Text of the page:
The Galapagos Islands in April
As the wet season gradually begins to taper off, the previously arid lands of the islands come back to life in a vivid array of greens – creating lush and verdant landscapes for the eye to behold. Not to mention, the waters themselves become less tumultuous and allow for clearer views of the depths below and greater visibility of aquatic life. This month and May are typically regarded as the best months to visit the Galapagos.
- Max. temp: 85°F (29.4°C)
- Min. temp: 73°F (22.8°C)
- Sea temp.: 77°F (25.0°C)
- Avg. Rainfall: 1.5 in (3.8 cm)
Tourism Level in April
Volume of travelers is relatively low (except around Easter Week). This is good time to look for a last-minute deal.
Galapagos Wildlife in April
Waved Albatross a.k.a. Galapagos Albatross (Phoebastria irrorata): Migration and Courtship
The month of April is quite the time for Albatross spotting, as one of the largest birds throughout the islands arrives en masse at Española where their courtship begins. Virtually the entire world population of some 12,000 pairs nest on Española Island, where the species itself is regarded as endemic. The first group that arrives at the end of March are composed of males. Females arrive shortly thereafter and pairs begin mating soon after reuniting. Albatrosses pair for life, with a lifespan of up to 40-50 years.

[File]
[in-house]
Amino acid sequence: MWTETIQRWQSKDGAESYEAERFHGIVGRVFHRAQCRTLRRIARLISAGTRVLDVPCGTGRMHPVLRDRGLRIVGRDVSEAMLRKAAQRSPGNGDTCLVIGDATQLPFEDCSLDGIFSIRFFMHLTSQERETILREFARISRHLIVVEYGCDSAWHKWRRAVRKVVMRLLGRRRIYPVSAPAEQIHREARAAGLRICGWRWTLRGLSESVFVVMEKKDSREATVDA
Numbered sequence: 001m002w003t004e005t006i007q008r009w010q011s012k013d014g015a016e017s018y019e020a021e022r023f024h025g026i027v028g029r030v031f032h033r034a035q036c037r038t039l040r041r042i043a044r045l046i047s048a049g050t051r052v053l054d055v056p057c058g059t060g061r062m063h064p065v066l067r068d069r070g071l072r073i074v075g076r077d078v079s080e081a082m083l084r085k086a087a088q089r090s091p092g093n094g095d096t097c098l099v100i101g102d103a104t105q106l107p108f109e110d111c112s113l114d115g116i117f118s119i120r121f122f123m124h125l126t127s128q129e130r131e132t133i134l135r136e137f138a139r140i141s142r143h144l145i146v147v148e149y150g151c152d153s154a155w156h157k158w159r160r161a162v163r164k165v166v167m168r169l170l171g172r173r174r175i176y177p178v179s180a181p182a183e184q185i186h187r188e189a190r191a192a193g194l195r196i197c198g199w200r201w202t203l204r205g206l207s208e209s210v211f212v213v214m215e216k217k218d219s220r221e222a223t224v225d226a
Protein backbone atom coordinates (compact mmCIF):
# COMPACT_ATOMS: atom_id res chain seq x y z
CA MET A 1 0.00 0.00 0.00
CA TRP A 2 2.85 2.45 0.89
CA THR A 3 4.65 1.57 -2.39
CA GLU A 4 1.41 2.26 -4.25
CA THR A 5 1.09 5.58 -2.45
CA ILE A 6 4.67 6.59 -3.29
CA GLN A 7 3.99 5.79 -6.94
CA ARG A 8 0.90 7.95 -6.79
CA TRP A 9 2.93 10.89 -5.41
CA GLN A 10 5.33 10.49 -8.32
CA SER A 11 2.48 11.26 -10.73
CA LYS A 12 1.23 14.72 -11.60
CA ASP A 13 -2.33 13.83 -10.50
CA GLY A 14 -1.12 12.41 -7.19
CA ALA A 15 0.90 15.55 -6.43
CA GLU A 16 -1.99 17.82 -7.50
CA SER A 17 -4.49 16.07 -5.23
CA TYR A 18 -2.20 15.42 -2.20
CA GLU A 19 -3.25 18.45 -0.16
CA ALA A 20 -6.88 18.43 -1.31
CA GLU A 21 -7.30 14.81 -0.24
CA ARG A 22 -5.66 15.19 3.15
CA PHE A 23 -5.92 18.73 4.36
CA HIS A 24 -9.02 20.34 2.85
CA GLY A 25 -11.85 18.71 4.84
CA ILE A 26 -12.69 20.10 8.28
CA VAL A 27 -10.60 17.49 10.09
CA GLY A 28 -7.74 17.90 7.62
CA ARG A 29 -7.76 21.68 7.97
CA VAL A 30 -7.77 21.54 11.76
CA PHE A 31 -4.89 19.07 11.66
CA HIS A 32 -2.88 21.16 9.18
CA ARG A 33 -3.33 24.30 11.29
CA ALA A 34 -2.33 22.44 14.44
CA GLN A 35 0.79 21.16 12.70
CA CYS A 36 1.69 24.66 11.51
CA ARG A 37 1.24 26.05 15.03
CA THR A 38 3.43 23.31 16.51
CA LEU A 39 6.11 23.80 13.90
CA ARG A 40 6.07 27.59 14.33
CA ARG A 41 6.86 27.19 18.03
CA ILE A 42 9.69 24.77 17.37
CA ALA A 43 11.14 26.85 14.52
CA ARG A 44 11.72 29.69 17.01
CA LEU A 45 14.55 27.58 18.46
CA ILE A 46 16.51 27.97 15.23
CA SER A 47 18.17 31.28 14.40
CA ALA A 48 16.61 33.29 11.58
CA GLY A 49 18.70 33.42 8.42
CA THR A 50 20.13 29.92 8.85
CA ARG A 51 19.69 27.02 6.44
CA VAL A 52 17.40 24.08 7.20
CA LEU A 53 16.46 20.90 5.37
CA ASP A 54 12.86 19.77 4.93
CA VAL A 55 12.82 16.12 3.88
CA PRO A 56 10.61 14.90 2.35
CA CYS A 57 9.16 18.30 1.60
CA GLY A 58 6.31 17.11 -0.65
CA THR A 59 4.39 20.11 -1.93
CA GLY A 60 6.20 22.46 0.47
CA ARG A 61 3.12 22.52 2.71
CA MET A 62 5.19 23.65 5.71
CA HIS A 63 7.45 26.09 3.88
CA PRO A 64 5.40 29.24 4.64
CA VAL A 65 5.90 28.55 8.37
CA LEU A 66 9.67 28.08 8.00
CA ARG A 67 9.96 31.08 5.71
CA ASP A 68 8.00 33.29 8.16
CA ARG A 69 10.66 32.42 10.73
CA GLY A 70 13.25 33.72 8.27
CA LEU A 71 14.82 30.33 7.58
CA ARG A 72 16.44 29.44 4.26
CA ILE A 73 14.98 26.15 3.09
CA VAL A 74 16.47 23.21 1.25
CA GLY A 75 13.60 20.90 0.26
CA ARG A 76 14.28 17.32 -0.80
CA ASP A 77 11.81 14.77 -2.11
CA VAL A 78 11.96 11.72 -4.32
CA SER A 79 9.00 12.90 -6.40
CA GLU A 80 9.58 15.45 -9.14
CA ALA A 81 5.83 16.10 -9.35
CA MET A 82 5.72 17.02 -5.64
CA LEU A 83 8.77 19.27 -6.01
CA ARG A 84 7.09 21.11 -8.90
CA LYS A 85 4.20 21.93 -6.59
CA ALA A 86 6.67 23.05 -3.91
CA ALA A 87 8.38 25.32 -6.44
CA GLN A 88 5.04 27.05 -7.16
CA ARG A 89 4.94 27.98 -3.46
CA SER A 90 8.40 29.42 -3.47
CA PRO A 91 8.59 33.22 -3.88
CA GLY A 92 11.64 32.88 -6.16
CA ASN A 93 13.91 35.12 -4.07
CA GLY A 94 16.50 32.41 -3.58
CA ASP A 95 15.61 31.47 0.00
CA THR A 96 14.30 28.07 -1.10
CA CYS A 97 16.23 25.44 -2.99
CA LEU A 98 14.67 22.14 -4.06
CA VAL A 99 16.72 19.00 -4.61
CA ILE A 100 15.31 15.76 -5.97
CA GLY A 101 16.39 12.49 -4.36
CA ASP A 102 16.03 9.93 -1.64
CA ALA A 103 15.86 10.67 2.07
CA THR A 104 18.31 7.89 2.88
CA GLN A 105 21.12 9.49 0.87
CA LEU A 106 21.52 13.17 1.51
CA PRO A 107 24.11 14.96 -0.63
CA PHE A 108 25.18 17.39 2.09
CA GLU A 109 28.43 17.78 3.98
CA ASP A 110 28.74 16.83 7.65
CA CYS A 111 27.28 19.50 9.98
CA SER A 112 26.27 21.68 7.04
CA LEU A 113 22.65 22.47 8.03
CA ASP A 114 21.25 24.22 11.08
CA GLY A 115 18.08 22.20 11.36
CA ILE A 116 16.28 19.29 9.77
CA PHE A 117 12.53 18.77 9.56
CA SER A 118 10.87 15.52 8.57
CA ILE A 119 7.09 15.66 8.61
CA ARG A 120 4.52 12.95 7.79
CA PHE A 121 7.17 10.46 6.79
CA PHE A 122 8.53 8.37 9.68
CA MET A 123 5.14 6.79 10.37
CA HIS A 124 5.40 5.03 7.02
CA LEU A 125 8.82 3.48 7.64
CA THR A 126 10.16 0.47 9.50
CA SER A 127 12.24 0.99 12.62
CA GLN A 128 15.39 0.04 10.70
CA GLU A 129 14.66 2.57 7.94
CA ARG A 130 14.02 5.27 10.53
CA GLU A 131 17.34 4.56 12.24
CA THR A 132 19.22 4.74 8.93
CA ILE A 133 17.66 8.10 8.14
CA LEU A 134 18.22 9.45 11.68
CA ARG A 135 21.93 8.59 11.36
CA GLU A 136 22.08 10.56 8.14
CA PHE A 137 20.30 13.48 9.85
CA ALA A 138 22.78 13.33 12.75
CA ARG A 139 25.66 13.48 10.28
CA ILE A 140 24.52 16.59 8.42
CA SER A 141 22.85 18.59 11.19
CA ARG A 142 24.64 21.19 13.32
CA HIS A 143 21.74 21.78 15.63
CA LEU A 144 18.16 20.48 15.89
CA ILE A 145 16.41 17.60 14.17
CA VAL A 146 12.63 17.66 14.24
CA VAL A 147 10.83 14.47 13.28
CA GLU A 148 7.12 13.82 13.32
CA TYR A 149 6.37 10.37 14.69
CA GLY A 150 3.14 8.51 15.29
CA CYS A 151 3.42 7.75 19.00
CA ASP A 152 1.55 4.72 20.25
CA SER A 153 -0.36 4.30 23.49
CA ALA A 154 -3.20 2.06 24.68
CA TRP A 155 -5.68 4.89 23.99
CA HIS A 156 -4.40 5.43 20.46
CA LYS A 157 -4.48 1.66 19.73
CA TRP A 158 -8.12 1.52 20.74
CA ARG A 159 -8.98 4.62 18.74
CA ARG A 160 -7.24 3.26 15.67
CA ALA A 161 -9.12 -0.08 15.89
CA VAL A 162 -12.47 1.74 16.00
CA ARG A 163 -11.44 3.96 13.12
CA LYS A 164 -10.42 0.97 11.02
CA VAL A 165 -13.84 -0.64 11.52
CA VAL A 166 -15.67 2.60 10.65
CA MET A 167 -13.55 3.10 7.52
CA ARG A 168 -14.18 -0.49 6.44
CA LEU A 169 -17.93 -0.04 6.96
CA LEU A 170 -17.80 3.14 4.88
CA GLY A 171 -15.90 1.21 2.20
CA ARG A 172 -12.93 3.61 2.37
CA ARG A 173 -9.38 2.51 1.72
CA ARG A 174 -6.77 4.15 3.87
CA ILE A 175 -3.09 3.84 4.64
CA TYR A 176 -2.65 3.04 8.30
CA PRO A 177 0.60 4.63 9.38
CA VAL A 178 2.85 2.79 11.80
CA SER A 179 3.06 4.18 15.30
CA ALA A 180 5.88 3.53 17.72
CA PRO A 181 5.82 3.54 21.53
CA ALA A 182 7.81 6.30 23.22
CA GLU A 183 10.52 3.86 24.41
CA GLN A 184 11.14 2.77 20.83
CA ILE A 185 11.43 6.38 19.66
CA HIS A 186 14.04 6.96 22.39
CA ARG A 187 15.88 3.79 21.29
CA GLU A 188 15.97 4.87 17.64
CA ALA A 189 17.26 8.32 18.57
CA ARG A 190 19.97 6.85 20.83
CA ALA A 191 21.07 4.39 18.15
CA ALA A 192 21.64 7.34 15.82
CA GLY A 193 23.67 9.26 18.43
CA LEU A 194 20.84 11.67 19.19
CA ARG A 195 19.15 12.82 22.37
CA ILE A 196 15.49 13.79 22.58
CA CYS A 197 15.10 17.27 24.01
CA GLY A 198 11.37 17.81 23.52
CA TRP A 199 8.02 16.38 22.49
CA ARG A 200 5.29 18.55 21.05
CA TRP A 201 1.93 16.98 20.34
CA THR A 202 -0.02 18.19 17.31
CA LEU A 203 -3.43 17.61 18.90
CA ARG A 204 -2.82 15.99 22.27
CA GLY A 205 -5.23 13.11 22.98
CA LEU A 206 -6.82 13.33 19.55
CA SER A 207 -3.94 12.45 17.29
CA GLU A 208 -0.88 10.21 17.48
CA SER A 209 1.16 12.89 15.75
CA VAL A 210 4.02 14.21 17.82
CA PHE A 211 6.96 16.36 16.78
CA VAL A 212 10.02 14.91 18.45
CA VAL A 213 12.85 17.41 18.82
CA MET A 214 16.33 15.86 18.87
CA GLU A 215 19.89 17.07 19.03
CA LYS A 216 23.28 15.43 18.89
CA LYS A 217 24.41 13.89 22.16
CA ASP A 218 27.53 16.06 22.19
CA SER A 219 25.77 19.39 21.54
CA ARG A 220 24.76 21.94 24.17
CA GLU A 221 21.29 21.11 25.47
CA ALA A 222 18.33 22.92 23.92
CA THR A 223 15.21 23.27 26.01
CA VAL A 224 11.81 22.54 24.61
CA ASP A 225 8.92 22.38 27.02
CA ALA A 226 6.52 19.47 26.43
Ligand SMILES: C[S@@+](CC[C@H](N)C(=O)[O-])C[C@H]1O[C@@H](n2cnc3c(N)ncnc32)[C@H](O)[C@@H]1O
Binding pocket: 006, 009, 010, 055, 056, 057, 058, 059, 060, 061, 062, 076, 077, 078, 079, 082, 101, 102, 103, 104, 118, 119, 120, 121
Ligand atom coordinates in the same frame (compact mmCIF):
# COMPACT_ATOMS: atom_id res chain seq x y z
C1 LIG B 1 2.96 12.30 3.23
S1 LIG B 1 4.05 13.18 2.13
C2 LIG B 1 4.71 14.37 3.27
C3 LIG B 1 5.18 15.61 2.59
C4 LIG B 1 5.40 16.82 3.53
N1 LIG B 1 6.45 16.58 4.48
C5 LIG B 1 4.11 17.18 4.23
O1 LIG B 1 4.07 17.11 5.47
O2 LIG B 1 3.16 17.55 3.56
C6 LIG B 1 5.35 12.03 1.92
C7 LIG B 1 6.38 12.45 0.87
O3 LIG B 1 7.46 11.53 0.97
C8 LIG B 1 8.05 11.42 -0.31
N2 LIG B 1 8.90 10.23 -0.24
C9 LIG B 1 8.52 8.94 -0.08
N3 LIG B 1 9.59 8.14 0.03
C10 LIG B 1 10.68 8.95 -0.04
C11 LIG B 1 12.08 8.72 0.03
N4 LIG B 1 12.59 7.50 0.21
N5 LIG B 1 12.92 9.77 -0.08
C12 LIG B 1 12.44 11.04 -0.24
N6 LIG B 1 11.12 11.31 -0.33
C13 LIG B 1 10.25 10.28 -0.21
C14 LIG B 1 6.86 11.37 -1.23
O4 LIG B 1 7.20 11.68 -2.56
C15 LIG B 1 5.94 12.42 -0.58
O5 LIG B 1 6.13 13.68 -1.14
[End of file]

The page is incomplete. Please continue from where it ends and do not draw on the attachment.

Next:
Giant Tortoise (Chelonoidis nigra): Hatching
Hatching season comes to an end for giant tortoises after nearly 120-140 days of incubation. Out of a 1-foot (30 cm) deep hole that the female tortoises make, roughly two to sixteen (the number varies from one race to another) tennis ball-sized eggs hatch and make their way to the surface. The hatchlings may weigh only 90 grams and hawks tend to be the only native predator of the newborns.
Green Sea Turtle (Chelonia mydas agassisi): Hatching
Sea turtle hatchlings that have managed to survive the long incubation period will emerge from the sand, typically at night but this may occasionally occur in daylight. If the latter is the case, the hatchlings will move close to the sand’s surface and patiently wait until it gets dark. Failure to wait (typically by being fooled by dreary weather) during daylight makes them instant prey for ghost cabs, hawks, mockingbirds and frigate birds. The dangers remain, however, should the hatchlings make it to sea – at which point they are vulnerable to the wrath of sharks, fish and possibly even boobies and pelicans.
Land Iguanas (Conolophus subcristatus/palidus): Hatching
Hatchlings (roughly two to twenty-five in number) emerge from their burrow about three to four months after being laid, and spend nearly a week digging their way up to the outside world – a world of heavy predation. As a result, you’ll find herons, egrets, hawks and owls congregating in nesting areas during emergence periods and preying on the tiny hatchlings.